- The “Offshore Renewable Electricity Support Scheme” key to revitalising the region’s economy
- The region is uniquely positioned to support the growth of Ireland’s offshore wind energy sector
- “Community Benefit Funds” should not be managed by a national body
Recently, the Government closed its public consultation on the first “Offshore Renewable Electricity Support Scheme”, with this forthcoming scheme key to supporting the future growth of Ireland’s offshore wind energy sector. In this consultation, the Northern and Western Regional Assembly has highlighted how this scheme has significant potential in revitalizing the Northern and Western Region’s economy, which has been struggling in recent years as evident from the European Commission’s decision to downgrade the region’s economy.
According to John Daly, Economist with the Northern and Western Regional Assembly:
“The region is well placed to capitalize on the potential of this support scheme. The Northern and Western Region’s onshore wind energy sector already accounts for over a third of Ireland’s installed wind energy capacity which – relative to the size of the region’s population and economy – is quite large, highlighting the presence of transferable and relevant expertise. Furthermore, the region has an array of ports – such as Killybegs, Galway Port and Ros an Mhíl – which have the potential to either act as staging ports during construction of offshore wind energy projects or to serve as operational and maintenance bases”.
To capitalize on this potential and ensure the “Offshore Renewable Electricity Support Scheme” supports balanced regional development, the Northern and Western Regional Assembly has made several recommendations that it feels need to be reflected in the final terms and conditions of the scheme.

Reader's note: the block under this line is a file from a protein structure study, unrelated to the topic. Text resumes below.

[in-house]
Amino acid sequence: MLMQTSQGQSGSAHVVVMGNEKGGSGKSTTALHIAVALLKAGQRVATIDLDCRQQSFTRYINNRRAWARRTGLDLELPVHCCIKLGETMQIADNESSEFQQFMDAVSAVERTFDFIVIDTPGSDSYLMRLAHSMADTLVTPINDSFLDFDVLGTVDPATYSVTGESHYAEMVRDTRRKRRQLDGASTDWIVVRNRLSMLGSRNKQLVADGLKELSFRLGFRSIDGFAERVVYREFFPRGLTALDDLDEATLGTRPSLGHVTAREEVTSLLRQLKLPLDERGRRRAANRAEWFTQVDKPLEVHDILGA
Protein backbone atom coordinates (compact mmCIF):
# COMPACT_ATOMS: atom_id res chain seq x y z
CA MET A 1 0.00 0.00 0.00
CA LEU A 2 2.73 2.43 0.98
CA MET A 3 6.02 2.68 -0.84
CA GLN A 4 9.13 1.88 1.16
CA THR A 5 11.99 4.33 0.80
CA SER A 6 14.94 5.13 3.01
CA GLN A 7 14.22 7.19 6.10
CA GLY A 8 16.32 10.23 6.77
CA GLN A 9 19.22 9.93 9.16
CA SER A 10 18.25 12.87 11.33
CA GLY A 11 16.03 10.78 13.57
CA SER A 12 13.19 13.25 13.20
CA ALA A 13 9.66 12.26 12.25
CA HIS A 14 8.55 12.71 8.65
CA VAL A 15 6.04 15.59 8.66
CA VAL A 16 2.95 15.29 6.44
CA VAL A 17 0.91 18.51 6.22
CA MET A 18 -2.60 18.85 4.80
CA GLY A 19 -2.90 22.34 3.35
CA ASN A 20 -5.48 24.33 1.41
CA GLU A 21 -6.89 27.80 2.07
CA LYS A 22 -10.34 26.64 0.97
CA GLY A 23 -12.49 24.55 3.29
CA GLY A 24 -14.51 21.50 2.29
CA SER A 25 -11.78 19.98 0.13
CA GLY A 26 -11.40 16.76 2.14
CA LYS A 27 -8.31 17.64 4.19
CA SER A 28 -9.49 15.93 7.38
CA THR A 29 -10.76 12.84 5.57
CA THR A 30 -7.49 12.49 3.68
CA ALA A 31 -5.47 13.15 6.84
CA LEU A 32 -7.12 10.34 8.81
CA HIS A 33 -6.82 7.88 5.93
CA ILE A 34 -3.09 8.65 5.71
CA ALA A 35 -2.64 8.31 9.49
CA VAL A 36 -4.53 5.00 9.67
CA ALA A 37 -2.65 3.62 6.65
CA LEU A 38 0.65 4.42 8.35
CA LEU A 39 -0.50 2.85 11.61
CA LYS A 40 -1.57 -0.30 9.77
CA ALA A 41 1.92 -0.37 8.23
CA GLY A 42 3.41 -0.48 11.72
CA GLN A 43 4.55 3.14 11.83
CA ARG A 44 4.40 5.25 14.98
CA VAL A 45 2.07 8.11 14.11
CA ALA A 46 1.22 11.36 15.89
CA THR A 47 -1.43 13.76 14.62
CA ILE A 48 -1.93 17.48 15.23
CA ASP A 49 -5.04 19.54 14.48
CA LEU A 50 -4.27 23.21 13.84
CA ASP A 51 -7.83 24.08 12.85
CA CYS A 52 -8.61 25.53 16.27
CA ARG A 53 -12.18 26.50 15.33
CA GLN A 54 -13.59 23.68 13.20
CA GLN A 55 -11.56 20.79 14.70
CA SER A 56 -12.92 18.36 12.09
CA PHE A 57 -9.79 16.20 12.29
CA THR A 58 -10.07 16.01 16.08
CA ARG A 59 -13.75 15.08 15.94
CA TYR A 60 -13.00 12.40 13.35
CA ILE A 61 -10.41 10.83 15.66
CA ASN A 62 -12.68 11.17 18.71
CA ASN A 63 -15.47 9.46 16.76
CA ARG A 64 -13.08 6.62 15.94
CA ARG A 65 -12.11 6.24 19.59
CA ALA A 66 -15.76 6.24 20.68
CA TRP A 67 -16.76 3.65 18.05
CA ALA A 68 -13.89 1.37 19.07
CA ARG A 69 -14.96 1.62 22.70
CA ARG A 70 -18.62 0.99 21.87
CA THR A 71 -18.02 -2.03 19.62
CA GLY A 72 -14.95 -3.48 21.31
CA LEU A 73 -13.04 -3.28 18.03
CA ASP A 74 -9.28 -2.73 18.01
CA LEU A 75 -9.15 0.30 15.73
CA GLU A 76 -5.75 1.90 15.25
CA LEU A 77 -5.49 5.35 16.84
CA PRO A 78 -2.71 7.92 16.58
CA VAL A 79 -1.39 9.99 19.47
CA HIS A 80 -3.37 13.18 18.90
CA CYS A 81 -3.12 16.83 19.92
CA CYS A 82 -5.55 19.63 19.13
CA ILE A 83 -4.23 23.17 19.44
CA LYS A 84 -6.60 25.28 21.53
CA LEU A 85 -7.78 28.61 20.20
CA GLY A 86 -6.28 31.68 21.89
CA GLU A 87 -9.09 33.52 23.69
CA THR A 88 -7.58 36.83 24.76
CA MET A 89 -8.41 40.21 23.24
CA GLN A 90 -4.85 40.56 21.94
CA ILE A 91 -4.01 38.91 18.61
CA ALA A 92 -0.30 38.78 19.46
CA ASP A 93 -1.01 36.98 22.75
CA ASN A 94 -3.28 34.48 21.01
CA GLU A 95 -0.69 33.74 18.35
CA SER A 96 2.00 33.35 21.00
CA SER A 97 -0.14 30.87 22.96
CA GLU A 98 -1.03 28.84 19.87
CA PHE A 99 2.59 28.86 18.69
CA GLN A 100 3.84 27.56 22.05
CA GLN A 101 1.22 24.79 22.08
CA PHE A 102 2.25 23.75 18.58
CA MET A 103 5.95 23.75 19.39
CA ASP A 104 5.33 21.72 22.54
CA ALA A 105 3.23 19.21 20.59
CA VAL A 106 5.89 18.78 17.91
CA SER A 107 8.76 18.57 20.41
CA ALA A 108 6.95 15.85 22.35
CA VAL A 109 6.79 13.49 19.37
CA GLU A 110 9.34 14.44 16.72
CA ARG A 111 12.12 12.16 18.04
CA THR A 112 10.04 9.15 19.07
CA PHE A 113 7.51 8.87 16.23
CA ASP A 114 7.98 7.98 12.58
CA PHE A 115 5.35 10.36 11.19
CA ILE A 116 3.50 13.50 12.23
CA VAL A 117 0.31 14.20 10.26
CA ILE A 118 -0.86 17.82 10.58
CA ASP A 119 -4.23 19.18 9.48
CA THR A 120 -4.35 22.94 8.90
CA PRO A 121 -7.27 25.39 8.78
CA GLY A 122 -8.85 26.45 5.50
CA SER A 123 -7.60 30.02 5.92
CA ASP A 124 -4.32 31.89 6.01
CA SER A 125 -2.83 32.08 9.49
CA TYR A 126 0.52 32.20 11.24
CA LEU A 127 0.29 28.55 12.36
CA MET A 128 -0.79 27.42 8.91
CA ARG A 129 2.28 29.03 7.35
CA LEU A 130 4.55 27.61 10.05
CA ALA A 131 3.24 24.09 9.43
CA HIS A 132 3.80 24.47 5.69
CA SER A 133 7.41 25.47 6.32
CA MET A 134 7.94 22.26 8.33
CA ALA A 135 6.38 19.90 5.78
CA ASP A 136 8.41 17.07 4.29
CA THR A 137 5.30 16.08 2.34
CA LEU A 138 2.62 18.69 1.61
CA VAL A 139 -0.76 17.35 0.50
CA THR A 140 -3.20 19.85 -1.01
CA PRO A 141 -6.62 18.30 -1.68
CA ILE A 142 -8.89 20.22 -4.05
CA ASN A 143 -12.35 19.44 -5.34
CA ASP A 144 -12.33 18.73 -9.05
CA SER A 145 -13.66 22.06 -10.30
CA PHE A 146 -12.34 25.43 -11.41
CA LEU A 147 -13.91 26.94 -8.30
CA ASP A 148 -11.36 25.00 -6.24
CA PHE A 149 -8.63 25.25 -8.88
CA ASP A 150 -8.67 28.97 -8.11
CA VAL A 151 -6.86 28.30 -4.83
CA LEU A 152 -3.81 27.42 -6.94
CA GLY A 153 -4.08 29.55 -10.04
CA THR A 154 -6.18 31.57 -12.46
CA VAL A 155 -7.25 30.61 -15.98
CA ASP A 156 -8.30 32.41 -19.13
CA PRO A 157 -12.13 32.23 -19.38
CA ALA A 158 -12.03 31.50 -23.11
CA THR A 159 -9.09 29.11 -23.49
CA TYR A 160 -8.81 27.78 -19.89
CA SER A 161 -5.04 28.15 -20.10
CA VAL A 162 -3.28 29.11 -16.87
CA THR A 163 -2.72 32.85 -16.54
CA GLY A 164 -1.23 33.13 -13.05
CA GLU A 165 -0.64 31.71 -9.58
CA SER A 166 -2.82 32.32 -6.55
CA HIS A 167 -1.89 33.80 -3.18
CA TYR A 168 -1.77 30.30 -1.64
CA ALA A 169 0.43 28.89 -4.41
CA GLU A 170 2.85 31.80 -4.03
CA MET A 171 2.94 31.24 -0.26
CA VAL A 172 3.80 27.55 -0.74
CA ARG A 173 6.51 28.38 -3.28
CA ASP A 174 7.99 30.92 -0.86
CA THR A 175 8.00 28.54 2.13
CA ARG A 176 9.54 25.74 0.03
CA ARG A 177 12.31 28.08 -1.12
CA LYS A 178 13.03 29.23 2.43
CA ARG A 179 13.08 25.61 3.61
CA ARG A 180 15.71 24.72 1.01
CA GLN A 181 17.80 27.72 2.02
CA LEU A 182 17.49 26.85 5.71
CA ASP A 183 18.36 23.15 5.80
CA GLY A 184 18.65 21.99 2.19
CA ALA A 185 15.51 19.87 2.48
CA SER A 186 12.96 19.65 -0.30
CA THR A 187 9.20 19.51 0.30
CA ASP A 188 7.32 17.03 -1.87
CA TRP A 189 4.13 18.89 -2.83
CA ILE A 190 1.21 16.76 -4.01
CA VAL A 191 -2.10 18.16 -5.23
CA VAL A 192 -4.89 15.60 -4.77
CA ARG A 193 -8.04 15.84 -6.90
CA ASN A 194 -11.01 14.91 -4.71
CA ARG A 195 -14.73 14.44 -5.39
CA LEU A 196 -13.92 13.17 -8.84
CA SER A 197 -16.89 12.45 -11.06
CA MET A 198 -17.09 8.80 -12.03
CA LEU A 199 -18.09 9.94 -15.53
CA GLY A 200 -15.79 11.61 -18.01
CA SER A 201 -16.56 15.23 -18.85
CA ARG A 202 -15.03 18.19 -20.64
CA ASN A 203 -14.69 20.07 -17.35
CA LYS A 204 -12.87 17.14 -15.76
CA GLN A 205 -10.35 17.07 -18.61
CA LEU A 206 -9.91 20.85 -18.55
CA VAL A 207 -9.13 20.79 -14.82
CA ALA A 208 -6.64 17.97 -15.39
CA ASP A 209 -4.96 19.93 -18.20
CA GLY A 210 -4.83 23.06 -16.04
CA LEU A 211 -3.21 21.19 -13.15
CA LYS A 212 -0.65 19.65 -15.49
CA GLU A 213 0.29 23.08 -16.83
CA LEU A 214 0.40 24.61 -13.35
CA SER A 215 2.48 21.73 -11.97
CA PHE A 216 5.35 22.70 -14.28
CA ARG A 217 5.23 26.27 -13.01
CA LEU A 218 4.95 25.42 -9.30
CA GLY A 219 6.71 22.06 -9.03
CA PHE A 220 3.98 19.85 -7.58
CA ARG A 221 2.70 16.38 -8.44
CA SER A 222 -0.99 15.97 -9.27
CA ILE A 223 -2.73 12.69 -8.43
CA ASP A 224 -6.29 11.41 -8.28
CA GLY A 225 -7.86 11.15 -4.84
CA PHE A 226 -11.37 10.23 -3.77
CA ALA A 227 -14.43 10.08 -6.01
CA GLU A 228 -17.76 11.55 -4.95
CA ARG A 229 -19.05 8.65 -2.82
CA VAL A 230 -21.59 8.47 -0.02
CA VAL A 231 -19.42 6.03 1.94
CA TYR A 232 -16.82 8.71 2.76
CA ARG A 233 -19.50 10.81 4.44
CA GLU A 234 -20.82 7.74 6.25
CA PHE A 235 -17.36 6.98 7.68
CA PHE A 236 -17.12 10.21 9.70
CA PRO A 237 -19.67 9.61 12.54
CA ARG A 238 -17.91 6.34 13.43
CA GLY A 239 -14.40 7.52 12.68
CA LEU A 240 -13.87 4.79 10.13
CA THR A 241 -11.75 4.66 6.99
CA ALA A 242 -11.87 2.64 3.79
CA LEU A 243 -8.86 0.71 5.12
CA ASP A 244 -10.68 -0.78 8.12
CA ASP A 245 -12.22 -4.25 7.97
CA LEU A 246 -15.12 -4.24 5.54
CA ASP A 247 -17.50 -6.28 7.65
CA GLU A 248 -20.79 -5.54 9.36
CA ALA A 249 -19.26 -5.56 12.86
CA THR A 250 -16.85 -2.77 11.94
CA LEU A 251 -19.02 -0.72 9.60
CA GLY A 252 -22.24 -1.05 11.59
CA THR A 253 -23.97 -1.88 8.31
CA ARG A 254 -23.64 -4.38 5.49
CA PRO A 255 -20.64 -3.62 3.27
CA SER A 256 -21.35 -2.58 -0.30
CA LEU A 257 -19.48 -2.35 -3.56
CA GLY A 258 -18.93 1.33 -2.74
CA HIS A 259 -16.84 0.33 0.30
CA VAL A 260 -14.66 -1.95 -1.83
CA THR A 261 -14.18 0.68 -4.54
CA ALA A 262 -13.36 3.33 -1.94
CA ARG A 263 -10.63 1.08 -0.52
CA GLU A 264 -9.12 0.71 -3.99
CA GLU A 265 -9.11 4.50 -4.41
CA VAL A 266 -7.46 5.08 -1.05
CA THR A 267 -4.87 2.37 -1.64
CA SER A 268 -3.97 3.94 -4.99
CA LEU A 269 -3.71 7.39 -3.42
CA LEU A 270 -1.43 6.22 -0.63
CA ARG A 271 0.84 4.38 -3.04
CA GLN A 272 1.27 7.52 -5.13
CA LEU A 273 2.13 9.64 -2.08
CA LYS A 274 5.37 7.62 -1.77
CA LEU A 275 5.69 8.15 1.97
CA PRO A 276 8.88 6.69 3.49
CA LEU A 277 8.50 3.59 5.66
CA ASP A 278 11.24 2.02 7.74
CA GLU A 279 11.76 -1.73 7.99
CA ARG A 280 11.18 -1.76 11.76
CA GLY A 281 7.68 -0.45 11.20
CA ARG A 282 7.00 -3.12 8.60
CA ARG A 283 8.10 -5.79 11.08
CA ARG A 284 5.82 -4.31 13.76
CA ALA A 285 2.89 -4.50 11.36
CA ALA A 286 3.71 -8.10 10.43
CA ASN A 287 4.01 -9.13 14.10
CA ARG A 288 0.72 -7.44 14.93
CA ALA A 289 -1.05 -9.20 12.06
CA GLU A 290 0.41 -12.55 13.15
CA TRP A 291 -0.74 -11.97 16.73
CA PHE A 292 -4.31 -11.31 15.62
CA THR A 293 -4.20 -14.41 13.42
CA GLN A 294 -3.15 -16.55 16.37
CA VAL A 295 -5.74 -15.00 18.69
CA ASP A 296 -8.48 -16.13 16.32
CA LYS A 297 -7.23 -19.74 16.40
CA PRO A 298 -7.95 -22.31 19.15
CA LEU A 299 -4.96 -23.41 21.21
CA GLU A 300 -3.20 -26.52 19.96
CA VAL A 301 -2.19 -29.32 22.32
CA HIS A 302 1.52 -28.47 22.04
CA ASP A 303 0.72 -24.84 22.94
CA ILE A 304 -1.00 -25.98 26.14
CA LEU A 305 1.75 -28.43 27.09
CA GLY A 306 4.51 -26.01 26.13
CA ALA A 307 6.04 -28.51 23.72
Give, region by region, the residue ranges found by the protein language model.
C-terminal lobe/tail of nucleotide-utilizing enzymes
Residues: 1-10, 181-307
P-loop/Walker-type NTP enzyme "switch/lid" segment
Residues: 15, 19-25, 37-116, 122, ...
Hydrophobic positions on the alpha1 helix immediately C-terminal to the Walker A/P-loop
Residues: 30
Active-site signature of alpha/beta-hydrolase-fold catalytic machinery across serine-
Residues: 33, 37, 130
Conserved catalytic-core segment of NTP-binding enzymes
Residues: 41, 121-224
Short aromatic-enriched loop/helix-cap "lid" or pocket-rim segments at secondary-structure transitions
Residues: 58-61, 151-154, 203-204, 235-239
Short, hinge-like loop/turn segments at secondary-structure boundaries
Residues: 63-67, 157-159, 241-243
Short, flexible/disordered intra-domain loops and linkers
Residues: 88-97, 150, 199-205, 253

According to Denis Kelly, Assistant Director of the Northern and Western Regional Assembly:
“The offshore wind energy sector is a key future growth sector for the region’s economy and its imperative that the scheme incorporates a number of safeguards to support balanced regional development. For example, there should be a role for each of the three Regional Assemblies of Ireland in managing their own region’s offshore “Community Benefit Funds” – as opposed to the suggested model of the fund being managed by a national body – while all offshore developers that submit a bid should also be required to provide evidence as to how their project will support the objectives of the National Planning Framework and the Regional Spatial and Economic Strategy”
Furthermore, John Daly, Economist of the Northern and Western Regional Assembly noted that:
“Successful applicants in the scheme should also be required to provide regional employment and training provisions – maximizing the job impact of these projects within our regions – while all operation and maintenance services need to be located in ports on the island of Ireland. Such measures – along with potential funding through the EU’s Connecting Europe Funding Facility – would be key to ensuring the growth of Ireland’s offshore wind energy sector simultaneously supports our transition to a low carbon society, while also supporting balanced regional development”
Download our submission to the Offshore Renewable Electricity Support Scheme